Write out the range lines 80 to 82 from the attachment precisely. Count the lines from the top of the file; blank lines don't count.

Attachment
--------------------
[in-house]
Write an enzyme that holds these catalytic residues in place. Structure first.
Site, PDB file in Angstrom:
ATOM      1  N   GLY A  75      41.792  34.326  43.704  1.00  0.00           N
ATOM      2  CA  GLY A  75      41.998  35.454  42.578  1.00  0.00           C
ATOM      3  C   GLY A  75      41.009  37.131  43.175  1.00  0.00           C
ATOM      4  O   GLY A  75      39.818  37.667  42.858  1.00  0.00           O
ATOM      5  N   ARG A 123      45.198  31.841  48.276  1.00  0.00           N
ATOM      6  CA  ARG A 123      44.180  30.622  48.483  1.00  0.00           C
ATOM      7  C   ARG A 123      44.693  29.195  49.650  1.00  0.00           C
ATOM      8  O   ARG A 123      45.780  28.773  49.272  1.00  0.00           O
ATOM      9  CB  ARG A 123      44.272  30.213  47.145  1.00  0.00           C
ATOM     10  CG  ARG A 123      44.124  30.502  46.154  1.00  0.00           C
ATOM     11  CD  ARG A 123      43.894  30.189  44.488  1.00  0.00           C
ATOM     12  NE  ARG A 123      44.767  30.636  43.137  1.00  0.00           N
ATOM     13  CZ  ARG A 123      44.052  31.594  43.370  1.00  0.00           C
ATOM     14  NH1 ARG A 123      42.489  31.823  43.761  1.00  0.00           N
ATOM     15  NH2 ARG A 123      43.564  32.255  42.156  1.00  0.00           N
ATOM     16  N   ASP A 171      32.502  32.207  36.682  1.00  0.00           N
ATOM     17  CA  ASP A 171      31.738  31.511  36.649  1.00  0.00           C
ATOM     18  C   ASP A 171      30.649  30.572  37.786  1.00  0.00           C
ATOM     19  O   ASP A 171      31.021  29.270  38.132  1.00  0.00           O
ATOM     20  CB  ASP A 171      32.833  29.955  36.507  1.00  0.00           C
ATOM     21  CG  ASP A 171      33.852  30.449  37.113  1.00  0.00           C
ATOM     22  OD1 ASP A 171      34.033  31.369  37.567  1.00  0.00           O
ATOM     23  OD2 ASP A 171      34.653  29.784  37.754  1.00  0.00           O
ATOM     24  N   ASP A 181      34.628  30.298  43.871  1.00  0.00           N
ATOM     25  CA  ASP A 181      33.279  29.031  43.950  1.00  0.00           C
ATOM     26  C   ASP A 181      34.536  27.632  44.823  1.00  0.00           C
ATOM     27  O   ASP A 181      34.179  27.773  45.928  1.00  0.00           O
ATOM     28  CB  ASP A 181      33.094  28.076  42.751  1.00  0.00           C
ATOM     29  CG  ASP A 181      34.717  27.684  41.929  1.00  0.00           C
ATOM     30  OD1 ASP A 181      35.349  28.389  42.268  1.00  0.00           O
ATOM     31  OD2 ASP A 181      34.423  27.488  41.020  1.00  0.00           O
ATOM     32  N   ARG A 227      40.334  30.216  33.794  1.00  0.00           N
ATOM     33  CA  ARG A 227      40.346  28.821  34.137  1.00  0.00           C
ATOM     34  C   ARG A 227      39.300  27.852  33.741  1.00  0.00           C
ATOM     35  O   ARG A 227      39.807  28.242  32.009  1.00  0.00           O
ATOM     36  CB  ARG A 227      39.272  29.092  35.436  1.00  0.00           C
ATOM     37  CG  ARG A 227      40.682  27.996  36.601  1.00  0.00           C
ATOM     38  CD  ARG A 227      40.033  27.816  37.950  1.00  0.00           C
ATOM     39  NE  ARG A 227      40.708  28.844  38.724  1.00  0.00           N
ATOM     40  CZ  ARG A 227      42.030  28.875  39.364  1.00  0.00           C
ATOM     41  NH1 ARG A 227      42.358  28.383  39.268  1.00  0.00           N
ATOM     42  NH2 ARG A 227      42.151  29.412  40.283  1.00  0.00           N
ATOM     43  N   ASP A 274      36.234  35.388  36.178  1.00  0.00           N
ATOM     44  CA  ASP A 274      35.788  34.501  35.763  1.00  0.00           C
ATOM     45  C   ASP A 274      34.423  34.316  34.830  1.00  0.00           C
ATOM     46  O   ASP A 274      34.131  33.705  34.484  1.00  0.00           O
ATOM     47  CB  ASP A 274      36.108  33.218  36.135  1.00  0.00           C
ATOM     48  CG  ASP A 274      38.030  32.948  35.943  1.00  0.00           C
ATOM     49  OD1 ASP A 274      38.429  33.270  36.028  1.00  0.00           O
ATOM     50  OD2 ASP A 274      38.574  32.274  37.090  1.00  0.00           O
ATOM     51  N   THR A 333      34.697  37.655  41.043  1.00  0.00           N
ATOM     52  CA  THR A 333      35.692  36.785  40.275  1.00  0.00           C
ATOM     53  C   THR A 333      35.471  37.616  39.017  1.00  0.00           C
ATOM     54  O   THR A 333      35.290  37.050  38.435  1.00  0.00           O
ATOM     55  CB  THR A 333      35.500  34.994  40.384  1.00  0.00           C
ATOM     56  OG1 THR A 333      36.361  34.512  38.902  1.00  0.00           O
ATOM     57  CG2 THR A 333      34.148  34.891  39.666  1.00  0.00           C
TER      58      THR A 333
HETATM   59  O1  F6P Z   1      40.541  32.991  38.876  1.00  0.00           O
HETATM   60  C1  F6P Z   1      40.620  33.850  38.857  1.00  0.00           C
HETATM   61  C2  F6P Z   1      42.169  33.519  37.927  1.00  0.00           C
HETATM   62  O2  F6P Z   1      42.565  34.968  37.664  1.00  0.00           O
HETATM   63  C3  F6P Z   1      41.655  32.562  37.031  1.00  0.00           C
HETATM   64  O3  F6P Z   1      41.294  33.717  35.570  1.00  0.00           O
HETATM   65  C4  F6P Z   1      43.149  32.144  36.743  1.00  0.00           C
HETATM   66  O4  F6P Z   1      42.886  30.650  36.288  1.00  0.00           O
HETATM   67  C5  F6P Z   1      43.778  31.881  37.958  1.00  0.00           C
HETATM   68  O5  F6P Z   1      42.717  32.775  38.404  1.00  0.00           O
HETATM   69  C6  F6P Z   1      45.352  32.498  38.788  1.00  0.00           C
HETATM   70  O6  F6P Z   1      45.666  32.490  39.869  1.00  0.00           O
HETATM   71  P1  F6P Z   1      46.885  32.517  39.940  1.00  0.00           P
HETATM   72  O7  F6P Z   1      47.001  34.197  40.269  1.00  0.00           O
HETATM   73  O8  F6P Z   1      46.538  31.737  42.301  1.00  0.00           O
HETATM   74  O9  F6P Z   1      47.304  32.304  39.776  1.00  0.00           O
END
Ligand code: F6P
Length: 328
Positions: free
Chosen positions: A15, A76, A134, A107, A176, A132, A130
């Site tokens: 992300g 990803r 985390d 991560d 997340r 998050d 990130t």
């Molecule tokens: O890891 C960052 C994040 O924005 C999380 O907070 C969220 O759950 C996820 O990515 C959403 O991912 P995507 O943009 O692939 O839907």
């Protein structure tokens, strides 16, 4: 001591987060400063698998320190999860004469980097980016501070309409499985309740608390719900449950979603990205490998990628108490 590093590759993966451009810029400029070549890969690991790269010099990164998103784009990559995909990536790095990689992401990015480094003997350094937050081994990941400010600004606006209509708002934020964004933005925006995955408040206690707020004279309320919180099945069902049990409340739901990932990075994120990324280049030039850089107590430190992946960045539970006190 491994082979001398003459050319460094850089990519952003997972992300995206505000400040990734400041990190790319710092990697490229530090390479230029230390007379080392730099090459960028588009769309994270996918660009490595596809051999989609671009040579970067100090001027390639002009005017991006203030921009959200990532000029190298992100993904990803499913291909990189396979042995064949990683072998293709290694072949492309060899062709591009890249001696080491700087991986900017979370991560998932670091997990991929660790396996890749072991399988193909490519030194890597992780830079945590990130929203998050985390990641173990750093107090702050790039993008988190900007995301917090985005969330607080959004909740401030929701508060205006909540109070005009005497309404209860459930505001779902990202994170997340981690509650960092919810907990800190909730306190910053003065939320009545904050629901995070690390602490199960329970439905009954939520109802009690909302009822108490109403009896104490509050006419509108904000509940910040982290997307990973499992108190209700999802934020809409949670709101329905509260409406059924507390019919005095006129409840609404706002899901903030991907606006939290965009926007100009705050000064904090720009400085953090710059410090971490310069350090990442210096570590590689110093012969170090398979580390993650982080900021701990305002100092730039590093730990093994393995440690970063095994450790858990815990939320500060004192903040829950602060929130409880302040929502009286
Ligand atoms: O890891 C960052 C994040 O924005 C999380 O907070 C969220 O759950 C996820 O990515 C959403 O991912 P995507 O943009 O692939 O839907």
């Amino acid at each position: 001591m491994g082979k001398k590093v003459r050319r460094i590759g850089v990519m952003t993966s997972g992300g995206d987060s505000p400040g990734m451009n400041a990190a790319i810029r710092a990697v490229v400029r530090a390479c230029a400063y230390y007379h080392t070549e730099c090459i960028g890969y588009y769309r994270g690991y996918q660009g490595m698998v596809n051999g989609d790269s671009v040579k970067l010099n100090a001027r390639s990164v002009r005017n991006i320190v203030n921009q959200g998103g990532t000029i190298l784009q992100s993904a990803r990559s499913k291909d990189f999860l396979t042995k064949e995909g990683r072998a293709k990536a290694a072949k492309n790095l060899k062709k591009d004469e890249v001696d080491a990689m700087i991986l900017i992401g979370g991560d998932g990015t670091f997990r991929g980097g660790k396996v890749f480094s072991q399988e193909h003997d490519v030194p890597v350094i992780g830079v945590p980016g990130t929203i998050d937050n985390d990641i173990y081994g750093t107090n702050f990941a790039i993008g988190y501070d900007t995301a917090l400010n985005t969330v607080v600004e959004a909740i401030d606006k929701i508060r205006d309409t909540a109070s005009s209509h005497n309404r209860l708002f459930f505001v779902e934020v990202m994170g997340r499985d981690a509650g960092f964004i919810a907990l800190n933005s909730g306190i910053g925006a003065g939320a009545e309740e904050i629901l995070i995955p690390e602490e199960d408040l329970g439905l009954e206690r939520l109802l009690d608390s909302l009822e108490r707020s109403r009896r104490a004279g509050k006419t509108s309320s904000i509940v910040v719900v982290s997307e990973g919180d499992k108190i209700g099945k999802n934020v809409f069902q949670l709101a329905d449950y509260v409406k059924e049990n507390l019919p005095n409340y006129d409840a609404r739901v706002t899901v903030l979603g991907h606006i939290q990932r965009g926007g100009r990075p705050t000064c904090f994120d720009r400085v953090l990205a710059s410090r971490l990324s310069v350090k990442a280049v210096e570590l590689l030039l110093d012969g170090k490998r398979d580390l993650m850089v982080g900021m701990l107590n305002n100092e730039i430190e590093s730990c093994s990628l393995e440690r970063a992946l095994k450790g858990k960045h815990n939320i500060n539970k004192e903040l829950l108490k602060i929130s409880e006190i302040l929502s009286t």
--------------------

Length: 328
Positions: free
Chosen positions: A15, A76, A134, A107, A176, A132, A130